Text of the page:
Bail was set at $101,000 Thursday for a Myrtle Beach woman accused of dragging an Horry County Sheriff’s deputy by her car Wednesday afternoon.
Injuries to Cpl. Paul Abijian were not life threatening, according to Jeff Benton, spokesman for Horry County Sheriff’s Office. The woman, Kimberly Ruth of Myrtle Beach, is charged with first-degree assault and battery, resisting arrest and malicious injury to personal property. Her bail was set during a bond hearing Thursday.
Judge Monte Harrelson heard arguments from Horry County deputies and Ruth’s attorney, though Abijian could not attend court due to his injuries. Benton read a statement from Abijian, which argued that the “severity of this event should be taken into consideration” during the bond hearing. Ruth could face a sentence up to 10 years each for assault and battery and resisting arrest, and up to 30 days for injury to property, Harrellson said.
Ruth, 52, is a self-employed massage therapist and has lived in Myrtle Beach for 17 years, according to Regina Ward, her attorney. Ruth is originally from Pennsylvania and does not have any family in the area, which hinders her ability to post bond, Ward said.
“It’s put her in a bit of a bind to not have family here, for bond or emotional support,” Ward said during the hearing. “I’m sure there is something that happened [during the traffic stop] that caused this incident.”
Ward asked that Ruth be released on personal recognizance, which means no money would be required, but Harrelson set bail at $101,000 instead. Ward said she’s confident Ruth will be able to post bail soon.
Future court dates in Ruth’s case have not yet been set.
“Obviously, there’s two sides to every story,” Ward said. “So it’s my job to find out her side of the story and evaluate all of the evidence.”
The deputy is married and has five children. Abijian is currently at home recovering, Benton said.
Benton said the incident, which is being investigated by Horry County police, occurred about 4 p.m. Wednesday in the Watsons Riverside community where Abijian had stopped a motorist.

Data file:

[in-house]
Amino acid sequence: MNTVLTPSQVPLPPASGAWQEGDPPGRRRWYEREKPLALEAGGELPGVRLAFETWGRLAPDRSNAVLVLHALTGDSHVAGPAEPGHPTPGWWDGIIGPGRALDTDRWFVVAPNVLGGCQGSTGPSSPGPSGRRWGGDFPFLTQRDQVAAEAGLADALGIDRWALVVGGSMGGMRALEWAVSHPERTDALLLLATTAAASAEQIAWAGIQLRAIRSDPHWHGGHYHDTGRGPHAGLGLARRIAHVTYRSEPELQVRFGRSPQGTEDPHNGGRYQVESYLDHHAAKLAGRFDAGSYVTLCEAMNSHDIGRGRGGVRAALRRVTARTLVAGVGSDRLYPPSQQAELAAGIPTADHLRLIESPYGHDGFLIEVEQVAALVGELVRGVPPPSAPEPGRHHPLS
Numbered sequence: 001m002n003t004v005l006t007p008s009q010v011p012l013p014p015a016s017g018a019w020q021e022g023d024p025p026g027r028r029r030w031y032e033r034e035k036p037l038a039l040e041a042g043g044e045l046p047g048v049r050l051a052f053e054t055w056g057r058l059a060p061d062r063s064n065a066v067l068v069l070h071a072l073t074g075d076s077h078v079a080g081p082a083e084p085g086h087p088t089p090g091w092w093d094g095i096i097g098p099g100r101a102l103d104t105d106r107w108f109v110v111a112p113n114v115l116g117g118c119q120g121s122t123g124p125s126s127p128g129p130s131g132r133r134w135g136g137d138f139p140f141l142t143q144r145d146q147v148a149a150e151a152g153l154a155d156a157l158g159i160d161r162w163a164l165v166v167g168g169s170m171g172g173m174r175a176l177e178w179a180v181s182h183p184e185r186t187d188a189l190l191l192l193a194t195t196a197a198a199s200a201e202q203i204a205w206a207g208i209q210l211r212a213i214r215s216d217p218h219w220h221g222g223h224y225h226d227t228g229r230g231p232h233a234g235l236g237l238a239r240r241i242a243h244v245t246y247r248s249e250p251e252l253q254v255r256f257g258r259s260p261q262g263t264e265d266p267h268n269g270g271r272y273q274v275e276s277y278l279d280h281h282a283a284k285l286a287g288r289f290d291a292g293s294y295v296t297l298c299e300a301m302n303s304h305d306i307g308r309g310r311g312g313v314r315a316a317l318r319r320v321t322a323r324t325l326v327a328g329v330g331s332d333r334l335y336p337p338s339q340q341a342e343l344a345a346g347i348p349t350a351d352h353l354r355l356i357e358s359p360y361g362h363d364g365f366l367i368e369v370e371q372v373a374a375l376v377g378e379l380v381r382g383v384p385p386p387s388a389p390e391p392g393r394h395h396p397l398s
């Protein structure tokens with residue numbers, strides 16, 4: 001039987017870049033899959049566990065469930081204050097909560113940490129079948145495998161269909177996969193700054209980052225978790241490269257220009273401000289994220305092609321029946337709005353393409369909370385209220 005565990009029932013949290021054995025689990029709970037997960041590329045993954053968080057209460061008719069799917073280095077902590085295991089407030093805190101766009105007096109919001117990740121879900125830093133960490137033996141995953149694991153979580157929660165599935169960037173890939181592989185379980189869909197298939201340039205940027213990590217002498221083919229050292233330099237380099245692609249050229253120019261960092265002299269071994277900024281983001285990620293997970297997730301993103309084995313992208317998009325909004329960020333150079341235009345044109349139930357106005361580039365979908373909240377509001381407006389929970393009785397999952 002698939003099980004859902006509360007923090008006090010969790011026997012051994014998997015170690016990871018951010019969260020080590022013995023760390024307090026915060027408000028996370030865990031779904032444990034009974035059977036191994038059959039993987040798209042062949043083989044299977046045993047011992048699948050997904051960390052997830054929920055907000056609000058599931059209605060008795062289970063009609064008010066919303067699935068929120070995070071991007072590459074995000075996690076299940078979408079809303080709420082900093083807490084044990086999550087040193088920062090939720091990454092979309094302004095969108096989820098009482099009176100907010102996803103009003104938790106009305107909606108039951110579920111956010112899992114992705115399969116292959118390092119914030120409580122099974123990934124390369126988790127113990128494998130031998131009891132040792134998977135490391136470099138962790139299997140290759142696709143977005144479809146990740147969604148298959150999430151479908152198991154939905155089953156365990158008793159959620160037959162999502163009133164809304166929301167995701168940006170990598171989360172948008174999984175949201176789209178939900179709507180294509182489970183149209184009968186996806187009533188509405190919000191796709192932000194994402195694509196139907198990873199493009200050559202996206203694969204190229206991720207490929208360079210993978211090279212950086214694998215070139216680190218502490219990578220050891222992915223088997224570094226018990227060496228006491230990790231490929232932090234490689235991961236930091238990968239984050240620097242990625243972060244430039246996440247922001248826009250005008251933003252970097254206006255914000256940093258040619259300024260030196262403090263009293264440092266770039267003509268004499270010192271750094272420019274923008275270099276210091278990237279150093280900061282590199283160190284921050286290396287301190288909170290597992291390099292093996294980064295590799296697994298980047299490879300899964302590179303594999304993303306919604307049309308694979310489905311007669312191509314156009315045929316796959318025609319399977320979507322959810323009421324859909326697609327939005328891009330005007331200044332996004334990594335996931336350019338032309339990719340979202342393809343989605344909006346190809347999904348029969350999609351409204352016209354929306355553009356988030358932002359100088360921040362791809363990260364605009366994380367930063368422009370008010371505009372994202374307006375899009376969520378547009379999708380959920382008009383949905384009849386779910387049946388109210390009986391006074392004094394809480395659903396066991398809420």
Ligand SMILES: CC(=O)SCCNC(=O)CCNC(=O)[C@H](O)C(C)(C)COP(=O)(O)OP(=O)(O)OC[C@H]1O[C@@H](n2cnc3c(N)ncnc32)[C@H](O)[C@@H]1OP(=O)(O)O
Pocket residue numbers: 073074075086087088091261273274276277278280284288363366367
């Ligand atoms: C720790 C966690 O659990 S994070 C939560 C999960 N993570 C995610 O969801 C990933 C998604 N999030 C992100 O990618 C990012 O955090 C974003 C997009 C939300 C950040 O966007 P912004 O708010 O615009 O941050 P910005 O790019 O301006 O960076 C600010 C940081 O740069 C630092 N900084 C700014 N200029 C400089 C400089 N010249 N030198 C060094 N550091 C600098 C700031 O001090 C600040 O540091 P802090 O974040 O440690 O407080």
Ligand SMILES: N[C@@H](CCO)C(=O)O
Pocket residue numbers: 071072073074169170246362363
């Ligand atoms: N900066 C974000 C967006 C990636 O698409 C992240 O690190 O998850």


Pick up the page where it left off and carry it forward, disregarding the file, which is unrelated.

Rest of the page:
Abijian, who Benton said is a veteran officer, conducted a traffic stop on Ruth related to an ongoing investigation. The woman got out of her vehicle during the stop and talked with the deputy, but she eventually began to question whether he actually was an officer, Benton said.
Benton said the woman became agitated, and hit Abijian in his chest. The deputy tried to arrest her after the strike and she began screaming for help then jumped into her vehicle and started to drive away with one handcuff attached to her arm, and the officer’s arm trapped in the door, according to Benton.
The deputy had reached into the vehicle to try to stop the woman from driving away, according to Benton. The deputy also deployed a Taser, Benton said, but it was unclear if the Taser hit the woman. Benton said the deputy was dragged about 60 feet by the vehicle, before the woman stopped and opened the door to release him.
Abijian’s shirt, gun and holster were damaged from the road. Benton said Abijian’s bulletproof vest saved him from sustaining much more severe road rash. The deputy then searched for the woman and found her in the car near her home on Oak Circle Drive.
Benton said Abijian’s police cruiser was not equipped with a dash camera.
“We shouldn’t have to worry about this type of thing,” Benton said after the hearing. “The officers shouldn’t have to be afraid every day. We all want to go home at the end of our shift.”